Mephitic – foul-smelling; noxious; poisonous.
Farmers are rejoicing that the drought breaking rain finally arrived, but hope winter can hold off for a few more weeks to maximise pasture growth and better insure their feed supplies until spring.
“We have heard from nearly all our provincial presidents that the rain has broken the drought in their areas and that grass is growing again,” Federated Farmers adverse events spokesperson Katie Milne says.
“Some areas had a bit too much rain, while others are still a bit dry, but overall the rain brought by last weekend’s subtropical trough was exactly what was needed, with grass growth returning to many areas. . .
Recent rainfall has been welcomed by farmers but the problems created by the dry summer will be felt for some time, says Minister for Primary Industries Nathan Guy.
“The dry conditions may have ended in many parts of the country but there are still major challenges ahead. It will take time to build up enough grass cover to provide feed for winter.
“There’s no doubt the rain over the last week has been a real boost, especially for those in areas that have missed out before like the central North Island. . .
Construction of Fonterra’s new $126 million UHT milk processing plant in Waitoa today took another step forward with the site’s blessing attended by Prime Minister John Key.
Fonterra’s Chief Executive Theo Spierings said the plant, which will be running from April 2014, will enable Fonterra to increase UHT production by 100 per cent over the next few years.
“The five new UHT lines will produce a range of products including UHT white milk and UHT cream for the foodservice sector, which is a part of our business that generates more than $1 billion in sales a year and this plant will allow us to meet the growing demand in Asia for these products,” said Mr Spierings. . .
NZX-listed alternative milk company A2 Corporation says the first consignment of its new infant formula brand will be shipped to the lucrative Chinese market next month, followed by distribution in New Zealand and Australian supermarkets soon after.
The company has appointed the China State Farms Holding Company Shanghai, a subsidiary of state-owned China National Agriculture Development Group Corp, as the exclusive Chinese distributor of its Platinum formula brand.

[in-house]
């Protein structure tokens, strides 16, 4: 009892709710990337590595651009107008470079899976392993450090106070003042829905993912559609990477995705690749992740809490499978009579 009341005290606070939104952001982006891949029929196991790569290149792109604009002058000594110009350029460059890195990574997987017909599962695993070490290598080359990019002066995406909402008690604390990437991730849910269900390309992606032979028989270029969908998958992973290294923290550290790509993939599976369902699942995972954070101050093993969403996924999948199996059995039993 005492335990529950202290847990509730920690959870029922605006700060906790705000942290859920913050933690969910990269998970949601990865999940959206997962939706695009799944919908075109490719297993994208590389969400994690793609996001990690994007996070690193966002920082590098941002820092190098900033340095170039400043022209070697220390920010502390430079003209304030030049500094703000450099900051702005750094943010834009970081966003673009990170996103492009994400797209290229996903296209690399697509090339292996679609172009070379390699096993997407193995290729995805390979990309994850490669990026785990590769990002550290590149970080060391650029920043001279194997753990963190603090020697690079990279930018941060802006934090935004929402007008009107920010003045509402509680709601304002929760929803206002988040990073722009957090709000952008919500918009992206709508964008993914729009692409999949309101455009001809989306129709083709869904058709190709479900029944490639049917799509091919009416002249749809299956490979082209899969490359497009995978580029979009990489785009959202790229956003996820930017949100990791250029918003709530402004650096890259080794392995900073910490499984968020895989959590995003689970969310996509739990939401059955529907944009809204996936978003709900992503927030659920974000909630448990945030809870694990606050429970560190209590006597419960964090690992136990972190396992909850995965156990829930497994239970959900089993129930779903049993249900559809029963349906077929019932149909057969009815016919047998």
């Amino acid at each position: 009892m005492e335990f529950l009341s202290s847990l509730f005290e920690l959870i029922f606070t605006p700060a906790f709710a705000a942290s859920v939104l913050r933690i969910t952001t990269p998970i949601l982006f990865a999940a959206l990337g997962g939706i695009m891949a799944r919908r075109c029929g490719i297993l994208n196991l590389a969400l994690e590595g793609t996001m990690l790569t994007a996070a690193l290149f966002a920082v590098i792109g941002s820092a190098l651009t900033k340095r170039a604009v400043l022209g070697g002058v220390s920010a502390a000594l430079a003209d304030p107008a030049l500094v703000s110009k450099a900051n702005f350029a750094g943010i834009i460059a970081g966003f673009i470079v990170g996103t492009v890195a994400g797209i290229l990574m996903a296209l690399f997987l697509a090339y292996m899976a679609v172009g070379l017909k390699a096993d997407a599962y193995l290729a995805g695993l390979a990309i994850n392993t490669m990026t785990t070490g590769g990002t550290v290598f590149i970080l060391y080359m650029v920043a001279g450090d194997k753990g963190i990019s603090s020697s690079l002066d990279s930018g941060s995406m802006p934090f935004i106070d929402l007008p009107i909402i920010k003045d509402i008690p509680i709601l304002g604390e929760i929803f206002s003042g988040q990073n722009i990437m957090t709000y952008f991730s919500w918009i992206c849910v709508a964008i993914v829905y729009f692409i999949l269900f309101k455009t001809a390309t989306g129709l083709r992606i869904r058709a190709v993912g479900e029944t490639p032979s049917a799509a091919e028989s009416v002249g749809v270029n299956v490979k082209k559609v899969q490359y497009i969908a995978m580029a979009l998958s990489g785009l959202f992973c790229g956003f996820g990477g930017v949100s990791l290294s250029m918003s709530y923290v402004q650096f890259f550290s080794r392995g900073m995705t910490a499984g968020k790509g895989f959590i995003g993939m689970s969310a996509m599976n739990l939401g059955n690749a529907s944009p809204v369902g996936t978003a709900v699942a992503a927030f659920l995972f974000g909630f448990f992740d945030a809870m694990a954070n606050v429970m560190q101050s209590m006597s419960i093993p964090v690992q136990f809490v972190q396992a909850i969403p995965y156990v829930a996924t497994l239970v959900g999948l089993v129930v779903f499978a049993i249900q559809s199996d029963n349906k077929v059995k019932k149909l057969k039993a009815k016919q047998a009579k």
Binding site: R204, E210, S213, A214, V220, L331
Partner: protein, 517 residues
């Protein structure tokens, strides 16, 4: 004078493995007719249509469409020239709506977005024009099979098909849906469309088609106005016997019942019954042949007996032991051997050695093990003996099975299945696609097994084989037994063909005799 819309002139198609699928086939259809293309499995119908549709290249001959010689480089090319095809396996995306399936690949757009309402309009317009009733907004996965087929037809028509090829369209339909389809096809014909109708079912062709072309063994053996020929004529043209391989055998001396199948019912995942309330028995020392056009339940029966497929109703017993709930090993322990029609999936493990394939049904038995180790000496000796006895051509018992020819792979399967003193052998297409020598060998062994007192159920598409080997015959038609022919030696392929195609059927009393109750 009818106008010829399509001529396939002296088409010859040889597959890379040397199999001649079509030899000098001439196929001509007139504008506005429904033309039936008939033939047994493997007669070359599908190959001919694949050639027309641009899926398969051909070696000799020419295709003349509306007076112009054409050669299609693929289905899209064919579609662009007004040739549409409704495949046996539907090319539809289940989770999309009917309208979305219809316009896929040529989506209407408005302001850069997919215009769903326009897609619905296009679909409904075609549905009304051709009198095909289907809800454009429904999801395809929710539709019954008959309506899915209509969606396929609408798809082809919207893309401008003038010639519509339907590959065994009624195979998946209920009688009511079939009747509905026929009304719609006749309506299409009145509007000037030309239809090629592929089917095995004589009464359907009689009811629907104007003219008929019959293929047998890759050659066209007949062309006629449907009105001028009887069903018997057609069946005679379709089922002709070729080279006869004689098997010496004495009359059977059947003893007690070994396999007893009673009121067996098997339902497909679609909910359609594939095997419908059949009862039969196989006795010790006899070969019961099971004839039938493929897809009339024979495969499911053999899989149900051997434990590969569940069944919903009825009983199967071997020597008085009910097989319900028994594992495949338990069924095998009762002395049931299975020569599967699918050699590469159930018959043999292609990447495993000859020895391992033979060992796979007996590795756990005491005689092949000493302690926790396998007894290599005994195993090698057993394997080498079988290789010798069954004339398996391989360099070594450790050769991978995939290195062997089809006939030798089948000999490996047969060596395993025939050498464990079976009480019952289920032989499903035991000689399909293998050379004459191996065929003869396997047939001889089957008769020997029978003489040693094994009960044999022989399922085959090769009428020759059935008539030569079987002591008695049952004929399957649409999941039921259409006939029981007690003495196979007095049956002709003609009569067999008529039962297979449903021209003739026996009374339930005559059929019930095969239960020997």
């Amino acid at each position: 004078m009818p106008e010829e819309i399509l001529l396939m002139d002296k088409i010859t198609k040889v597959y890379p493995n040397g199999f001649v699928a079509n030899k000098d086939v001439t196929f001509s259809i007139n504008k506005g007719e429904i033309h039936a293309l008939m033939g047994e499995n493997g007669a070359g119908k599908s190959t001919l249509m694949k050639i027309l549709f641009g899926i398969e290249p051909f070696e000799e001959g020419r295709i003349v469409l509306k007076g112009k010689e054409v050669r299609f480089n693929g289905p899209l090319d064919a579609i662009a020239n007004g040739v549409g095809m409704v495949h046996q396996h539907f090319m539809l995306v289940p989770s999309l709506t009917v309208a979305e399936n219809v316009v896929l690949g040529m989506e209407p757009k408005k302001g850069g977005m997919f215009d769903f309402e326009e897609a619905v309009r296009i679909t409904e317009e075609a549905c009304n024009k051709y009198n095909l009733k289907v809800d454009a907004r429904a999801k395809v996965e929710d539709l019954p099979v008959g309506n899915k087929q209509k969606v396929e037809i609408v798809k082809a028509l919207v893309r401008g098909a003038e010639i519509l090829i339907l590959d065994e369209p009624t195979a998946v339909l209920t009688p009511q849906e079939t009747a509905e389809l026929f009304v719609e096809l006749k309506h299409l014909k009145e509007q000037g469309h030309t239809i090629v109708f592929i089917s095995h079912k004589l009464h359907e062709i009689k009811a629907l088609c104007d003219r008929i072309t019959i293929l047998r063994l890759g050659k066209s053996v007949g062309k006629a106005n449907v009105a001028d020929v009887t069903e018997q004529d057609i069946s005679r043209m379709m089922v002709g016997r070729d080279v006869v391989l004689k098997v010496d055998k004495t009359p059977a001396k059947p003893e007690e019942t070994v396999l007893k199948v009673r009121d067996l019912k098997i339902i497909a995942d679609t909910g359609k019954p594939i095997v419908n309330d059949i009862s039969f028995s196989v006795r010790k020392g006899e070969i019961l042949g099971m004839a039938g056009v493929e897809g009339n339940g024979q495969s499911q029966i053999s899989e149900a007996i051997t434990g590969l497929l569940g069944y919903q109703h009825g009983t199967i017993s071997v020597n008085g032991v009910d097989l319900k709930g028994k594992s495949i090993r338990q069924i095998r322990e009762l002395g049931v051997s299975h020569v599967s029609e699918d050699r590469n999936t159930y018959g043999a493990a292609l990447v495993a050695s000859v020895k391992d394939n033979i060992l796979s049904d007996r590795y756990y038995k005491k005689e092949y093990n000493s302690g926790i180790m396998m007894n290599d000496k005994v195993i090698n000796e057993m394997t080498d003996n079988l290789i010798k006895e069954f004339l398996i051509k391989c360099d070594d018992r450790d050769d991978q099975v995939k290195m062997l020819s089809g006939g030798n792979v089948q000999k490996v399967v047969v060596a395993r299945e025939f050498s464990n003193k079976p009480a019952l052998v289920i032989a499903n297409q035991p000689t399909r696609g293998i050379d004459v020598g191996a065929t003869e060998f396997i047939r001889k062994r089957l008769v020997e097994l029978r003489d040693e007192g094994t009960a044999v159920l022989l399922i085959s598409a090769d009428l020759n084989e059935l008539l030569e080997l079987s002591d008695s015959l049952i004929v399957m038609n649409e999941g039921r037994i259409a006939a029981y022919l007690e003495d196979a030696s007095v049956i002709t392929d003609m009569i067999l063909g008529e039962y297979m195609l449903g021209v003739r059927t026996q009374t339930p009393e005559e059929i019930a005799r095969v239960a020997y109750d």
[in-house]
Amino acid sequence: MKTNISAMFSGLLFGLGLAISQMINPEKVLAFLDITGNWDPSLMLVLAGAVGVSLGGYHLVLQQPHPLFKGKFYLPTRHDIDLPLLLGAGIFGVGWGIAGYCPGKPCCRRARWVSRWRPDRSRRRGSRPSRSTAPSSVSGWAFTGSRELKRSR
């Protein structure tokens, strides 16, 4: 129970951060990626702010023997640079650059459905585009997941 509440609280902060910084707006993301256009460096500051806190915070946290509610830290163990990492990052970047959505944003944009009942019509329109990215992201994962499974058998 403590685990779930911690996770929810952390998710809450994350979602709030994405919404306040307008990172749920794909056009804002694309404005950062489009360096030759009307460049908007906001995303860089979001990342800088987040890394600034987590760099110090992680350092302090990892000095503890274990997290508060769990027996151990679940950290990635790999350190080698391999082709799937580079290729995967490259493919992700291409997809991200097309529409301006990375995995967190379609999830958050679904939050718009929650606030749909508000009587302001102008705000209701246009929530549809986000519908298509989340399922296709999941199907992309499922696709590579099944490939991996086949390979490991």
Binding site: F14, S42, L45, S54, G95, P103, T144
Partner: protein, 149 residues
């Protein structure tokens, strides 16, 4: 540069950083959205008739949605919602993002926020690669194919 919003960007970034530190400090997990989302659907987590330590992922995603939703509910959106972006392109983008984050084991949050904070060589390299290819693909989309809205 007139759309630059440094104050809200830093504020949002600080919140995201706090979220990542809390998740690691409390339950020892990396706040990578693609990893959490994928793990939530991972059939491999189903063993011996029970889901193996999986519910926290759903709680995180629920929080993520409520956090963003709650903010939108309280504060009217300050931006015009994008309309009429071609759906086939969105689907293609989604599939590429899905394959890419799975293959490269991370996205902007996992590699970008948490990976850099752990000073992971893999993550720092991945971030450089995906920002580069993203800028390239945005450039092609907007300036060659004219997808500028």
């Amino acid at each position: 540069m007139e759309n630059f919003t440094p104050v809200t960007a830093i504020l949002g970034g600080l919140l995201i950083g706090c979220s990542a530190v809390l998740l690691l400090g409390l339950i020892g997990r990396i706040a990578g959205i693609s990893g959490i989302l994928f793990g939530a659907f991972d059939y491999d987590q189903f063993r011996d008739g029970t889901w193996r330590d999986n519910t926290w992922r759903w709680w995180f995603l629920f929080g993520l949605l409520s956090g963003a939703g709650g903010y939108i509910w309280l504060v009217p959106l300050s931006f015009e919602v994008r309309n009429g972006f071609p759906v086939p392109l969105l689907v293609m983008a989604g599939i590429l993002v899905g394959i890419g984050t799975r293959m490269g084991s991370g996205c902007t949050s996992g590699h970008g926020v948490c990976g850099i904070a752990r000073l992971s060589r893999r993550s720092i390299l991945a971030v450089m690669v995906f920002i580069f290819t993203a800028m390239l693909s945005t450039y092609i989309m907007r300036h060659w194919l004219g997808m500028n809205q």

The formula will initially be sold in Beijing, Shanghai, Guangzhou, Tianjin and Chongqing before sales are progressively expanded to other major cities in mainland China, as well as Hong Kong and Macau, A2 says. . .
The sun protection slogan Slip, Slop, Slap and Wrap is being dangerously ignored by two thirds of Kiwis working in the great outdoors, with farmers and builders among the worst culprits.
A University of Otago study of more than 1000 workers across nine outdoor occupations has revealed that sun smart messages are not getting through to those who spend their lives working outside.
Just one in three outdoor workers wear sunblock or a suitably protective hat while at work, despite being more at risk of sun damage than other people. . .
A large landholding of what was once the family-owned and operated Nobilo wine empire west of Auckland has been placed on the market for sale.
The 7.49 hectare property bordering the township of Kumeu was once planted in white and red grapes, and was part of the huge landholding created by New Zealand wine legend Nikola ‘Nick’ Nobilo.
Nick Nobilo was born in Croatia and emigrated to New Zealand with his family in 1937 to settle in Kumeu. Nobilo came from a winemaking family which had been producing vintages for some 300 years. . .
New Zealand Derby winner Habibi has been sold to a United States buyer.
A winner of six of her nine races, Habibi was sold to Pennsylvania buyer George Strawbridge after finishing fourth in unsuitably heavy conditions in the Australian Oaks at Randwick last Saturday.
Her owner-breeders Peter and Heather Crofskey will keep a minority share in the filly for the rest of her racing career. . .
Queenstown’s new Rabbit Ridge Bike Resort will have a ‘soft’ opening on April 27 with riding available on some of the newly constructed trails. Rider numbers are limited to invitation only to reduce traffic and enable trails to bed in.
Invited local bikers, bike shop owners and front line staff will get to try out the new trails for the first time this weekend (April 27/28) at the new bike ‘playground’ on 400 hectares of land adjacent to Queenstown’s award-winning Gibbston Valley Winery.
Locals eagerly anticipating the opening of the new resort will then be able to ride the trails on Free Locals Days scheduled for the first Saturday of every month, starting May 4. . .
UC forestry professor David Norton says farmers are best placed to look after conservation on private land because of the significant amount of land area involved (two-thirds of New Zealand) and the fact that the land tenure is largely freehold.
“We need to find a new approach and this matches with what the Department of Conservation Director General has been saying,’’ Professor Norton says.
“If native biodiversity is to be sustained on agricultural land, a new approach is required because the present one is not working in many instances.
“Without a new approach, the biodiversity train wreck that lies ahead could exceed even our worst fears. We need trust and respect between farmers, conservation interests, scientists and officials as the basis for a strong partnership.
“We need a new kind of rural advisor trained in ecological and agricultural science whose role would be to provide biodiversity information, management and planning advice to farmers, and to help them apply for funding.